firm

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stand firm

To remain determined, stalwart, and unyielding, as in one's position or opinion. Though it may be hard, we must stand firm in our pledge to environmental reform.
See also: firm, stand

hold firm

1. To remain securely adhered (to something). I didn't think the makeshift weld would do the trick, but I'm happy to say that it's holding firm.
2. To remain determined, stalwart, and unyielding, as in one's position or opinion. Though it may be hard, we must hold firm in our pledge to environmental reform.
See also: firm, hold

firm hand on the tiller

Full control over a situation. I felt comfortable knowing that even during this difficult time, he had a firm hand on the tiller.
See also: firm, hand, on, tiller

be a great believer in (something)

To have a strong conviction that something (stated after "in") is important or worthwhile. I'm a strong believer in resting on the weekends so that I don't get burned out.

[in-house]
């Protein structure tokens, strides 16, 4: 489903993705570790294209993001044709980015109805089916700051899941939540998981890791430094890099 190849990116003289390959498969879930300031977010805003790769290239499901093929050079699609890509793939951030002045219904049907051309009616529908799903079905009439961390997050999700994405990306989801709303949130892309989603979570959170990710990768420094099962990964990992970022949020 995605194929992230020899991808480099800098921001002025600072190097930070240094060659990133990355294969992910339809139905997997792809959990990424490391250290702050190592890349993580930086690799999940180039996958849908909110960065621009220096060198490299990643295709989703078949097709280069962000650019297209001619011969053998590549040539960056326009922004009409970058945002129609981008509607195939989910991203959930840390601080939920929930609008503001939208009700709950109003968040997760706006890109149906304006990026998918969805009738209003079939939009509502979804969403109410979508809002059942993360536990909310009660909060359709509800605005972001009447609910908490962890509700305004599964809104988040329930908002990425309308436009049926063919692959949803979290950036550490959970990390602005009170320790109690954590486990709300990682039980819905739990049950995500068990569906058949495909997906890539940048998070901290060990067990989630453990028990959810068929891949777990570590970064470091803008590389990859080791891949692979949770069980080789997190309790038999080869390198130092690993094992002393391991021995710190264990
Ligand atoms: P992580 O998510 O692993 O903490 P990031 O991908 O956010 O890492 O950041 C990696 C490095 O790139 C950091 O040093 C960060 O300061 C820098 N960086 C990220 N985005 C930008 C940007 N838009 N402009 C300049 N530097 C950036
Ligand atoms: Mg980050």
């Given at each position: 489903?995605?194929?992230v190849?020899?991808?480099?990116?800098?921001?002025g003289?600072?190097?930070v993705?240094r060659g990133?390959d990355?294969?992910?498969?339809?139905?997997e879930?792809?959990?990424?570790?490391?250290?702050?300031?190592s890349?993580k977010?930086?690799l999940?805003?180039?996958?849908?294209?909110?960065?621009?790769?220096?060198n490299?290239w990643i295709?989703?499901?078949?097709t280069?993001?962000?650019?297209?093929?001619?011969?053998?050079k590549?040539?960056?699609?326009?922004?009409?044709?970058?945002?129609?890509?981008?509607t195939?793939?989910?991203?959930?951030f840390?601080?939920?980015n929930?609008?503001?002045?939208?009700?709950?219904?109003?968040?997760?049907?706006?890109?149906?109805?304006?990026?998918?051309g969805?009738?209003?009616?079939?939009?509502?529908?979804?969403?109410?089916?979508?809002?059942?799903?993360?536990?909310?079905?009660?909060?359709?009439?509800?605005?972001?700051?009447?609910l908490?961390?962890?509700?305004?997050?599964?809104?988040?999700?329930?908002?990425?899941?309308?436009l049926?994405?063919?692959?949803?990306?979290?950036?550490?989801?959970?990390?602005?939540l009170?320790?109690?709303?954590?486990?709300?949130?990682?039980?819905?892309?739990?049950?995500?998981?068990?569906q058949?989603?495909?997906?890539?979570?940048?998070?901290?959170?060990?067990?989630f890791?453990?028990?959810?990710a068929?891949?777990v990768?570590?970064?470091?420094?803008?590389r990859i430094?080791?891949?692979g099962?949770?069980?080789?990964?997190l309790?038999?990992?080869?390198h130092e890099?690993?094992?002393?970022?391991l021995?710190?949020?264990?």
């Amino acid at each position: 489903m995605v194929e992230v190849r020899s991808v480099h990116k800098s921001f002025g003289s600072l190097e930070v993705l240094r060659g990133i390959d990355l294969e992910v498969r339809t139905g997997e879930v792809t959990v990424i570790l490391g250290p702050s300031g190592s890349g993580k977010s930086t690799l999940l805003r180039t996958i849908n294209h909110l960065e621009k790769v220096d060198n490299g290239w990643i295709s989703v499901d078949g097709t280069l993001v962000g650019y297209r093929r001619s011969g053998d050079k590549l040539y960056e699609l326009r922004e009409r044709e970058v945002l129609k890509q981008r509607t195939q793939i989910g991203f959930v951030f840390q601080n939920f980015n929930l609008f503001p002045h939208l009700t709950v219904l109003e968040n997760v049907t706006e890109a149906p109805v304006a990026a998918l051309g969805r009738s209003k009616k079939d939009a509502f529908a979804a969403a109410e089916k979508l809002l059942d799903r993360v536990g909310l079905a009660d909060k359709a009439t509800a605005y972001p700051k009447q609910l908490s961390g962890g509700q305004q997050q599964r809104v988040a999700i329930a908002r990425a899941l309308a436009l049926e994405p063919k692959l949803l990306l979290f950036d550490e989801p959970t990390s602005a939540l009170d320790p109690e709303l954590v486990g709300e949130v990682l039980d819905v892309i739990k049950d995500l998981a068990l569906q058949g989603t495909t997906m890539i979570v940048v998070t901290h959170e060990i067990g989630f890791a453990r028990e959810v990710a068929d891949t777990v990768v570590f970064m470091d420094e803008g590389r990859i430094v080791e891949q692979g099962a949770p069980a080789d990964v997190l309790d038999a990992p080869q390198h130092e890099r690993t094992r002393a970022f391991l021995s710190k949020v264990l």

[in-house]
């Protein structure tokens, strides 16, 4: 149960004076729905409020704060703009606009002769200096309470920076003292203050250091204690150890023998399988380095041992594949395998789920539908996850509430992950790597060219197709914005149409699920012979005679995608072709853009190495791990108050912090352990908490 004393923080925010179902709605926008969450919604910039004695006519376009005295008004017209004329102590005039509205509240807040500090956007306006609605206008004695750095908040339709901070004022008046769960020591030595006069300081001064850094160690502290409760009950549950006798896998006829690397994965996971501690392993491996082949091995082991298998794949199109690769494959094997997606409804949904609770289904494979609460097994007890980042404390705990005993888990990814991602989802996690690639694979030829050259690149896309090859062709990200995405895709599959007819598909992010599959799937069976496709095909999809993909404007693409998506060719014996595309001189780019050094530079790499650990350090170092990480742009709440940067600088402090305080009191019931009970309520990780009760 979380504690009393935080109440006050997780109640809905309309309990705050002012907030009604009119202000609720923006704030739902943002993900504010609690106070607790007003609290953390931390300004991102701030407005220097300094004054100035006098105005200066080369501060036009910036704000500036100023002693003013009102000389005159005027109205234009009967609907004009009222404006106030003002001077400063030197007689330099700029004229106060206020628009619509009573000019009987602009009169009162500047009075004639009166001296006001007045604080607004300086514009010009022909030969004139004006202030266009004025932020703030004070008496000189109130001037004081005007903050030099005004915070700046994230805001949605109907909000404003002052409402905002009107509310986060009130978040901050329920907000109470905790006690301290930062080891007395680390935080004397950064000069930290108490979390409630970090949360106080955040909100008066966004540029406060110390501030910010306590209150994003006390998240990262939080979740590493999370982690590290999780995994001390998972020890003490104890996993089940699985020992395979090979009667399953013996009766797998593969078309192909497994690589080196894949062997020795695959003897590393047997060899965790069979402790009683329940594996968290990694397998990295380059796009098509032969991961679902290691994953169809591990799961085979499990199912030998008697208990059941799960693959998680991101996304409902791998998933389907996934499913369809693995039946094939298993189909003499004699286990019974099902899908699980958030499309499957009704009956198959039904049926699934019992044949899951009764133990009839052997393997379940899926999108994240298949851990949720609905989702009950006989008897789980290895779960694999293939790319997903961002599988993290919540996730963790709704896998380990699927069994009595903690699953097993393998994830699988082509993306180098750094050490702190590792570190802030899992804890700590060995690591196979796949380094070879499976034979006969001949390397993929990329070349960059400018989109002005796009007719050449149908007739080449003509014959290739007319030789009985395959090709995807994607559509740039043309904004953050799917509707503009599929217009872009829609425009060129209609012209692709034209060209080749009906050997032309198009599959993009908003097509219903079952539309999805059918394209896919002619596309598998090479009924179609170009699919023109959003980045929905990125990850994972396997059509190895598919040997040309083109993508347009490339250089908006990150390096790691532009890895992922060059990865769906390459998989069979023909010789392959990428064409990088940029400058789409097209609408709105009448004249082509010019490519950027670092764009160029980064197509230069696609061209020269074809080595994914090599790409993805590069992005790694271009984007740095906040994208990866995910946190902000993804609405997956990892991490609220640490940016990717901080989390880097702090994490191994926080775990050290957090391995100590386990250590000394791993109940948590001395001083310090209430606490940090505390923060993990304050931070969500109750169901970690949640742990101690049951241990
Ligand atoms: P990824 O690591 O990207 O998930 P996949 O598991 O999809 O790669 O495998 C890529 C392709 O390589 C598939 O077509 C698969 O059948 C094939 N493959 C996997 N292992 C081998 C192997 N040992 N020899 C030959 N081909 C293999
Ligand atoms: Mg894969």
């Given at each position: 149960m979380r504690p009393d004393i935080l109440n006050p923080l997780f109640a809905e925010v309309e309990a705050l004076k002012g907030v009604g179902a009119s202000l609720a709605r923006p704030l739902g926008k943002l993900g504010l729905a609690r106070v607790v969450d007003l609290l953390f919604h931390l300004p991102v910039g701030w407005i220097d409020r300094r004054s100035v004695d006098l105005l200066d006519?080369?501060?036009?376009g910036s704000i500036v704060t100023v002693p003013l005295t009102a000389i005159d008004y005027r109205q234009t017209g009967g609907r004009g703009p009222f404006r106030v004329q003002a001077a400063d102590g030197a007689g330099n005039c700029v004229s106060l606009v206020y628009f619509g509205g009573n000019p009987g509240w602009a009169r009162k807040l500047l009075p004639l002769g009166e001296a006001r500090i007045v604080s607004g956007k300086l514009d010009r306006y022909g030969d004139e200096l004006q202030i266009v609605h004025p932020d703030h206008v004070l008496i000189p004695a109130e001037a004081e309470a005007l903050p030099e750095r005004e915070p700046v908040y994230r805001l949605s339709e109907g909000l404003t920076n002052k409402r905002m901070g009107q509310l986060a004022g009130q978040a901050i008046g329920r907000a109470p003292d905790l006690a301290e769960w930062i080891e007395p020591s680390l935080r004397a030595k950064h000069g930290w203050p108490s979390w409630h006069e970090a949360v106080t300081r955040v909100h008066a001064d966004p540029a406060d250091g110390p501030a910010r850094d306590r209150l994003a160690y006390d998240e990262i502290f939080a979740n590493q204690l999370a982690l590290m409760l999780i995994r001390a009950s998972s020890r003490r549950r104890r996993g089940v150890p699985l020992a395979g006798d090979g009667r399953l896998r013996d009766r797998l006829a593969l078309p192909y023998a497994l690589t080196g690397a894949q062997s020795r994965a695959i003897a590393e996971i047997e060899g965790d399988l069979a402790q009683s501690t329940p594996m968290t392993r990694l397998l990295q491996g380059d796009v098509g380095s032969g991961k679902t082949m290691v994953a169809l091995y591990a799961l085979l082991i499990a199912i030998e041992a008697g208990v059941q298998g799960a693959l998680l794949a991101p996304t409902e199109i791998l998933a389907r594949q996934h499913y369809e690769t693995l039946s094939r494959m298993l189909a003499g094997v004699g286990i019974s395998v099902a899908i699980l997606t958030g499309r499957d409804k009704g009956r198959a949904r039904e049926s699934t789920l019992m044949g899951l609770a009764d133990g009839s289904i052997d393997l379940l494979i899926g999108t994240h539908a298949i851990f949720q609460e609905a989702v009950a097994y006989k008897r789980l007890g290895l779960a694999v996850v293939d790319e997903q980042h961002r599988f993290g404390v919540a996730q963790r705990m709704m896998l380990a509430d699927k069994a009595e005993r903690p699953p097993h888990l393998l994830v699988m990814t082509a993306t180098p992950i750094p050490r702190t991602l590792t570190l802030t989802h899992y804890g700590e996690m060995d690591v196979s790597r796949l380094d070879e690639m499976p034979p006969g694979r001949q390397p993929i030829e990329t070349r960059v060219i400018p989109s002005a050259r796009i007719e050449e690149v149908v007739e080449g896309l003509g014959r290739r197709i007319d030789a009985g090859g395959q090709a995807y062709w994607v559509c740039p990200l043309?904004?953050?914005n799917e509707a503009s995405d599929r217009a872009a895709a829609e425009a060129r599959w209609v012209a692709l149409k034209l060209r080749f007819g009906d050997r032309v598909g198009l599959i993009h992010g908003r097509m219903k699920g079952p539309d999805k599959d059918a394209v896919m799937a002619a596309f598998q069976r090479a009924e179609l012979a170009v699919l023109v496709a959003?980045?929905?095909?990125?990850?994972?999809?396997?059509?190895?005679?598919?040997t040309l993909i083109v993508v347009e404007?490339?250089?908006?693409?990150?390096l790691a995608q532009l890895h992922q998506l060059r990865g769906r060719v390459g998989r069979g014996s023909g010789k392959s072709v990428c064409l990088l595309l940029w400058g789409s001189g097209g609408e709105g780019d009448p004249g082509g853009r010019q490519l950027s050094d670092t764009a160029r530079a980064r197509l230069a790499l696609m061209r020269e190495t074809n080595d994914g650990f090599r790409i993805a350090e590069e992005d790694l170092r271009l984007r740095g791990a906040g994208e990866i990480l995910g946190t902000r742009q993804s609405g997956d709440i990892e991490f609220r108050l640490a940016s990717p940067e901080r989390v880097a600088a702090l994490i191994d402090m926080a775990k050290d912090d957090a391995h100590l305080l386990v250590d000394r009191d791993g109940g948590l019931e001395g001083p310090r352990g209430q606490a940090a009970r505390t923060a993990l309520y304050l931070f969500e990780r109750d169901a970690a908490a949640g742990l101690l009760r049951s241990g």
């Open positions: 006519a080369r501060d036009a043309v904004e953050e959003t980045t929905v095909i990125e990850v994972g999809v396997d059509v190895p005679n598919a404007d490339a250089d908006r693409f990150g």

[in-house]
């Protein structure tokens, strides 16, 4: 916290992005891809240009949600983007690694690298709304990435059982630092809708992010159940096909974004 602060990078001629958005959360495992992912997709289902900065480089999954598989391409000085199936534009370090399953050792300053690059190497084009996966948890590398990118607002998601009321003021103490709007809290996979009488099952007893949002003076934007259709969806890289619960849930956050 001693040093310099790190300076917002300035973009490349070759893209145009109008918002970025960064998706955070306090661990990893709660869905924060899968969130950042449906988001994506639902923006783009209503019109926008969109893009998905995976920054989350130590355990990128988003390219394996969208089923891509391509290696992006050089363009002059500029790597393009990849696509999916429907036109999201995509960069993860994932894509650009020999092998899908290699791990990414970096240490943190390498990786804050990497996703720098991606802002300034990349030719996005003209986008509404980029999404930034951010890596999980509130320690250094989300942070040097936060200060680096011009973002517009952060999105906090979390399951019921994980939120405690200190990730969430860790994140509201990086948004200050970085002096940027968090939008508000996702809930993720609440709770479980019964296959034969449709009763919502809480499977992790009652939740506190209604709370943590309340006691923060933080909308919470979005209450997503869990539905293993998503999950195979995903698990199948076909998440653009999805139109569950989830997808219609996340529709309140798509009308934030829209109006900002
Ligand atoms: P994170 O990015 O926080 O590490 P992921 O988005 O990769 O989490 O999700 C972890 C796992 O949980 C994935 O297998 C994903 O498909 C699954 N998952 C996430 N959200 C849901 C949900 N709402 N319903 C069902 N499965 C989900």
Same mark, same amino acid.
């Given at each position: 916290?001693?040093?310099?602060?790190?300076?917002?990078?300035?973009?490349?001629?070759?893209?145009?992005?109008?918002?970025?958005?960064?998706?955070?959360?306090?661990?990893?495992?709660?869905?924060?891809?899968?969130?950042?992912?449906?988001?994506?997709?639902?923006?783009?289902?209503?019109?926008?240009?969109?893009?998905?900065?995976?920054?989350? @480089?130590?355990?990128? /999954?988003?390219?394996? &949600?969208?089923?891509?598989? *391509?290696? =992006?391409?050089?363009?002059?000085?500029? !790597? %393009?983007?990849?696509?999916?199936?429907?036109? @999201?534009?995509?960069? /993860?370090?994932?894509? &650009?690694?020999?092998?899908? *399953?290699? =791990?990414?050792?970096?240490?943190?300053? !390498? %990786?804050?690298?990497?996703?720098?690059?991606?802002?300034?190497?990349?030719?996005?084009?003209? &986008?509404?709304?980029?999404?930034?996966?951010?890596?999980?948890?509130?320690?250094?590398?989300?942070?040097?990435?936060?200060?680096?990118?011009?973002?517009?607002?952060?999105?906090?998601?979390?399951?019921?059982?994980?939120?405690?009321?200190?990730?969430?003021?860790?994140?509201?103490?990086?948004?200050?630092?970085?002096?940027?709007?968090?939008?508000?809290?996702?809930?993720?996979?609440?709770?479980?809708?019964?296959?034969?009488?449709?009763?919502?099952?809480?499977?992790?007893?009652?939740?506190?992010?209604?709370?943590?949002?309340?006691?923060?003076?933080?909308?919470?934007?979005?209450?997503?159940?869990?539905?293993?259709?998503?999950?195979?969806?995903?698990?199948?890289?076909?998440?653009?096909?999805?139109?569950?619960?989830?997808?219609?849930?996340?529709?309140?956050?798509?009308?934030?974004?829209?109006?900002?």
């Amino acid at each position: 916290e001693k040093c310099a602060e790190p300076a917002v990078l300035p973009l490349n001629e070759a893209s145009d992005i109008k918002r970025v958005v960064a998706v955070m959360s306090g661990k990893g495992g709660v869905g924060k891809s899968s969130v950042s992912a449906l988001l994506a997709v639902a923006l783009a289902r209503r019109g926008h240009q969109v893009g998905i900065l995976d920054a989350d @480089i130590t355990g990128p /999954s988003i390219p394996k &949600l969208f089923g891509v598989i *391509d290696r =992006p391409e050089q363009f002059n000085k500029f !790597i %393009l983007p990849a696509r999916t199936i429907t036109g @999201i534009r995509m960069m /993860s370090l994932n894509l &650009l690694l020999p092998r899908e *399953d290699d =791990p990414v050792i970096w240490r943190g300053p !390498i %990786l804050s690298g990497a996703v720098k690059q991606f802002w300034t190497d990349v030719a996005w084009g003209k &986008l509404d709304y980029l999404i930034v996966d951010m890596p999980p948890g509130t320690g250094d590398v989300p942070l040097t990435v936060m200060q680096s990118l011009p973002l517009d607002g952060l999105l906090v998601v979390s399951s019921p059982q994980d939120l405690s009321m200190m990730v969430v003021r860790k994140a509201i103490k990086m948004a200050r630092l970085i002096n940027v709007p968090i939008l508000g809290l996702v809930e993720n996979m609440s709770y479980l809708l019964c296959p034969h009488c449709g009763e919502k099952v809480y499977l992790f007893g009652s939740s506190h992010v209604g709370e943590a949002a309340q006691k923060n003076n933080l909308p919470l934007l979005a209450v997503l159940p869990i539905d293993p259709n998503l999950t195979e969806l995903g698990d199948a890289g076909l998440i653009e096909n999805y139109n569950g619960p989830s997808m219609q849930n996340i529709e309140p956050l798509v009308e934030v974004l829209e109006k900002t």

See also: believer, great

be a firm believer in (something)

To have a strong conviction that something (stated after "in") is important or worthwhile. I'm a firm believer in resting on the weekends so that I don't get burned out.
See also: believer, firm

be on firm ground

To be certain of or comfortable with something. Anna can tutor you—she's on firm ground with diagramming sentences.
See also: firm, ground, on

take a firm stand (on or against something)

To publicly assert one's opinion or defense of or opposition to something without relenting. I know voicing my opinion on this legislation may put my job in jeopardy, but it's time to take a firm stand against these discriminatory hiring practices. Though an unpopular opinion, the principal took a firm stand on keeping classes separated by gender.
See also: firm, stand, take

take a firm line (on or against something)

To publicly assert one's opinion or defense of or opposition to something without relenting. I know voicing my opinion on this legislation may put my job in jeopardy, but it's time to take a firm line against these discriminatory hiring practices. Though an unpopular opinion, the principal took a firm line on keeping classes separated by gender.